Blueberries

Vaccinium myrtillus:  The name vaccinium was used in classical Latin for a type of berry

This perennial shrub also has dwarf varieties.  Its flowers are bell-shaped, white, pale pink or red, sometimes tinged greenish.  The leaves can be deciduous or evergreen. Blueberry bushes typically bear fruit in the middle of the growing season.  The fruit of the berry has a flared crown at the end.   Blueberries are ripe three to six days after they turn blue. The pale, powder-like protective coating on the skin of blueberries is called "bloom."

Blueberries grow best in acidic soil at a pH of 4 to 5 and make a good container plant.  Frequent light waterings are required because blueberries have a shallow and fibrous root system.  Blueberry plants are self-pollinating and planting one variety will produce some crop but you can achieve higher yields, larger fruits and earlier ripening by planting multiple varieties in the same area for cross-pollination.

The ratio of flower to vegetative buds is greater on new sprouts than on old, thus pruning is recommended to keep plants productive.  Renovation and pruning can be done in early spring or late fall.  Plants will require winter protection of either straw or a synthetic insulating material. Also, it is strongly recommended that the plants have at least a 30 cm snow cover.  The amount of time spent in dormancy also varies depending on the varieties.

Lowbush Blueberries is another name for wild blueberries. Most are grown commercially in Quebec and the Atlantic provinces. They are native to Eastern North America.  The lowbush crop is mostly destined for processing and freezing because the berry isn’t very uniform in appearance but is in its distinct flavor.

Highbush refers to cultivated blueberry plants, which were developed from the wild variety in the first half of the 20th century. British Columbia grows the majority of highbush blueberries (93 percent) but they can also be found in Ontario, Quebec and Nova Scotia. They are harvested earlier than lowbush berries and are larger and less perishable, which makes them highly suitable for shipping to retail markets. As a result, much of the highbush crop is sold fresh.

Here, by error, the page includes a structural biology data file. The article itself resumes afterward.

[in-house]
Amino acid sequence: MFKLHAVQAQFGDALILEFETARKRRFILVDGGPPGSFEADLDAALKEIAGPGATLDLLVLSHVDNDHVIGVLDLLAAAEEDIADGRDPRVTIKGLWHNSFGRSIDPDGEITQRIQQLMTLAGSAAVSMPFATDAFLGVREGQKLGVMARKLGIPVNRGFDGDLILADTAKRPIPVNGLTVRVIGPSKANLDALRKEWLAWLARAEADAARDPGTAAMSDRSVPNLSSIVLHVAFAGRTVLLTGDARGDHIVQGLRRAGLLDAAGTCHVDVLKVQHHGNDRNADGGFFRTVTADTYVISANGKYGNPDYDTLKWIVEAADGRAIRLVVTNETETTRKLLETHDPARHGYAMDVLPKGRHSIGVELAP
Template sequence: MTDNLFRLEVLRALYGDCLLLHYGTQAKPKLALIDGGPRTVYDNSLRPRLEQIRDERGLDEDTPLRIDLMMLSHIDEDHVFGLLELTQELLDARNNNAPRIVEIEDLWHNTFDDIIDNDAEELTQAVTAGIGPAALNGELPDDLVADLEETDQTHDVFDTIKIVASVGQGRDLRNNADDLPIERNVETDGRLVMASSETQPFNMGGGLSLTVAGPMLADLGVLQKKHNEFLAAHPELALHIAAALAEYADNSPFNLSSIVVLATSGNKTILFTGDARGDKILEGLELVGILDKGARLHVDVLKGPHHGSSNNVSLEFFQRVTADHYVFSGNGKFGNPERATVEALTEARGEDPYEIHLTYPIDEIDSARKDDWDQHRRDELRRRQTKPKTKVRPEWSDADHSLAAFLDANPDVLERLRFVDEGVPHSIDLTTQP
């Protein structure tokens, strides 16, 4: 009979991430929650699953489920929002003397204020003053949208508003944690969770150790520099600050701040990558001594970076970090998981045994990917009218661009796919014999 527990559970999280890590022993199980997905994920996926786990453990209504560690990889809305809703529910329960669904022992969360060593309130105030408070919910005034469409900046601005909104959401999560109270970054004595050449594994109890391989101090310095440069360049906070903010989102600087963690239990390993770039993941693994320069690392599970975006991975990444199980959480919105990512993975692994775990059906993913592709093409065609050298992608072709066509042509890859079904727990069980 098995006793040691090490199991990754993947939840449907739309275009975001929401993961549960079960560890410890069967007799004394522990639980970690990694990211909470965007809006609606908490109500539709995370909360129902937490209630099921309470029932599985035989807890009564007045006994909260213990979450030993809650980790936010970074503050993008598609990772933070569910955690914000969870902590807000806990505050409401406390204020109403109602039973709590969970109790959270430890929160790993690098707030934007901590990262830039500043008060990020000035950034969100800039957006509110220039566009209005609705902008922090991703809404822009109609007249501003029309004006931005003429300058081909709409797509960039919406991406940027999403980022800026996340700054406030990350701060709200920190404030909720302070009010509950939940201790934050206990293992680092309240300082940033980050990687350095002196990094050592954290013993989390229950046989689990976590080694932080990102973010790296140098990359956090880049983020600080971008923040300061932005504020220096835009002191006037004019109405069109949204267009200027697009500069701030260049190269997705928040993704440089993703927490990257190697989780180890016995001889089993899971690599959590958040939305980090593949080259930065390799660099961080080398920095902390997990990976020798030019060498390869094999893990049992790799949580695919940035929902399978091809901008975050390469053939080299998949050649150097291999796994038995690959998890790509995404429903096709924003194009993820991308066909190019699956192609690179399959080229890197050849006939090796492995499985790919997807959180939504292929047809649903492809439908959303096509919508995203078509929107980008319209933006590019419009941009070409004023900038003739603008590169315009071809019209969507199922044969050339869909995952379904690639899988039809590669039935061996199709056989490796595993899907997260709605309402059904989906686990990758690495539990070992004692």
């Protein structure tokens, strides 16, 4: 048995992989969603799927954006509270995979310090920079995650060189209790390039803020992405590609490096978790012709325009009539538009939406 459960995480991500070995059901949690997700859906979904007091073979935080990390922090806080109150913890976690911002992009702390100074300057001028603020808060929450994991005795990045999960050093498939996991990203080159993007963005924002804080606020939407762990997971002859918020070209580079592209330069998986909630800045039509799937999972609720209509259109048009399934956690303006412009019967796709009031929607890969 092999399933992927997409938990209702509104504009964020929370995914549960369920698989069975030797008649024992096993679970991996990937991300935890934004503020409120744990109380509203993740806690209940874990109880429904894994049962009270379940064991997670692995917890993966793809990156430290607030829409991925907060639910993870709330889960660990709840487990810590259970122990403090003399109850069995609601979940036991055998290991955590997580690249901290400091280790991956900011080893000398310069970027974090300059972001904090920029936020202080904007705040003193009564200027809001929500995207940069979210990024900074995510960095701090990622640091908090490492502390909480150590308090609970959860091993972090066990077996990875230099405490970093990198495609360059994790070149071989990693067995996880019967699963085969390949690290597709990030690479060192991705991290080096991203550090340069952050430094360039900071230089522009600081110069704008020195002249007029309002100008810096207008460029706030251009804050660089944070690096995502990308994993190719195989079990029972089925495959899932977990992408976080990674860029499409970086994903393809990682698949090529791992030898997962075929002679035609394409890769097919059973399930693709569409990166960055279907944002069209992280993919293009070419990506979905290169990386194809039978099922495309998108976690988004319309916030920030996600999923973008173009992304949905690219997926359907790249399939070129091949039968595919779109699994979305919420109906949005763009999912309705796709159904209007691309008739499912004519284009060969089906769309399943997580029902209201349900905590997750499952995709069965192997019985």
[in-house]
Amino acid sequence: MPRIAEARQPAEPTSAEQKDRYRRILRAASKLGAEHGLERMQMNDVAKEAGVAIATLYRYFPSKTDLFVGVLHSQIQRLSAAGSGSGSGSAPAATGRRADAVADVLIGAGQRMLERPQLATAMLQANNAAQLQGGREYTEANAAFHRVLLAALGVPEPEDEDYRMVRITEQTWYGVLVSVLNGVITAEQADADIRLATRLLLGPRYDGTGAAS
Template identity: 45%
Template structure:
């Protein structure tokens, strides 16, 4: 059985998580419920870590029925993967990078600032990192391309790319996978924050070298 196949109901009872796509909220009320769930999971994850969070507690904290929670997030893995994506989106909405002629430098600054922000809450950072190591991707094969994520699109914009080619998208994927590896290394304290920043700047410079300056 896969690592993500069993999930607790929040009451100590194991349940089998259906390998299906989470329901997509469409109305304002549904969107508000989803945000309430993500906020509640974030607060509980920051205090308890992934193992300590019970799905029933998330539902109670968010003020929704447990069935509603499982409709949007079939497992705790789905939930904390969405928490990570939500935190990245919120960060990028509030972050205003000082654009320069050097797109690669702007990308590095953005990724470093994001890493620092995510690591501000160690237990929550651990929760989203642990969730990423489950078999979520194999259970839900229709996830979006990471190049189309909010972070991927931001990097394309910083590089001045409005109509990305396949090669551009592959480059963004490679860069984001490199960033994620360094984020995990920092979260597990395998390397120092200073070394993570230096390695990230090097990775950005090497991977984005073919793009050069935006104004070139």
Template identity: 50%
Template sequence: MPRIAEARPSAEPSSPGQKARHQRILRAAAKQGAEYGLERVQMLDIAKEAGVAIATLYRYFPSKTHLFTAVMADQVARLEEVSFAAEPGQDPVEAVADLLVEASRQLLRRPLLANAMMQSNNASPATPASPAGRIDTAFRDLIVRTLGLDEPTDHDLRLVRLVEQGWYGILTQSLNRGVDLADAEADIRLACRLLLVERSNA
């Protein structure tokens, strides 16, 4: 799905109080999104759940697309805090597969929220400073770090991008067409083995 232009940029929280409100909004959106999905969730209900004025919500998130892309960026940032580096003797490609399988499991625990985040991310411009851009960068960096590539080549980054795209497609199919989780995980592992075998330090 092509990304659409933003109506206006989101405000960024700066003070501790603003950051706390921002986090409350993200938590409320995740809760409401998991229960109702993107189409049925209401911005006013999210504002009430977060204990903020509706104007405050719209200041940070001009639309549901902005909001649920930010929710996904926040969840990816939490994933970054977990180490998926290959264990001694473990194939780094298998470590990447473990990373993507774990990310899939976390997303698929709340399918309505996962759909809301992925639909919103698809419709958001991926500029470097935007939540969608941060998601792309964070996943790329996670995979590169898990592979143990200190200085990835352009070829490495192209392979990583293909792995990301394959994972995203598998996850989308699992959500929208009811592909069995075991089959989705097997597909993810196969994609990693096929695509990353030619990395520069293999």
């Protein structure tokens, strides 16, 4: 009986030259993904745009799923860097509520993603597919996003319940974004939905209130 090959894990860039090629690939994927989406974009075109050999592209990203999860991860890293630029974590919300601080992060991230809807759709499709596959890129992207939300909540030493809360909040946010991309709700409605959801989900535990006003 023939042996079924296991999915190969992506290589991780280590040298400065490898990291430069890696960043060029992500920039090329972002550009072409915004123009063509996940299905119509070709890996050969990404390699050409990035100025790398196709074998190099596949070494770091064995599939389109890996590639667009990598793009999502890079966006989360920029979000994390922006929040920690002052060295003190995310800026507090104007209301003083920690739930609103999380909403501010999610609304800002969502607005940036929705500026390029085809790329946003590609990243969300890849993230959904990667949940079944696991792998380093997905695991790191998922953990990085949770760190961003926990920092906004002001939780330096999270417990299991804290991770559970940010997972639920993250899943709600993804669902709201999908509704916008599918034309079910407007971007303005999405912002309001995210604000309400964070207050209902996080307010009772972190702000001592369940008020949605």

Bylands grows 5 Half-High Blueberry varieties.  Half-High cultivars are crosses of Northern Highbush and Lowbush selections from the wild.  All these varieties have the “wild” flavor of their parents.  The Half-Highs were bred for exceptional cold hardiness but are truly outstanding ornamental landscape plants wherever they are grown. All theses varieties have bright fall colors.


Did You Know?


  • Blueberries contain more antioxidants than most other fruits or vegetables and may help prevent damage caused by cancer, heart disease & Alzheimer's.
  • The anthocyanin present in blueberries is good for eyesight.
  • A blueberry extract diet improves balance, coordination and short-term memory in aging rats.
  • Blueberries are the official berries of Nova Scotia, Canada.

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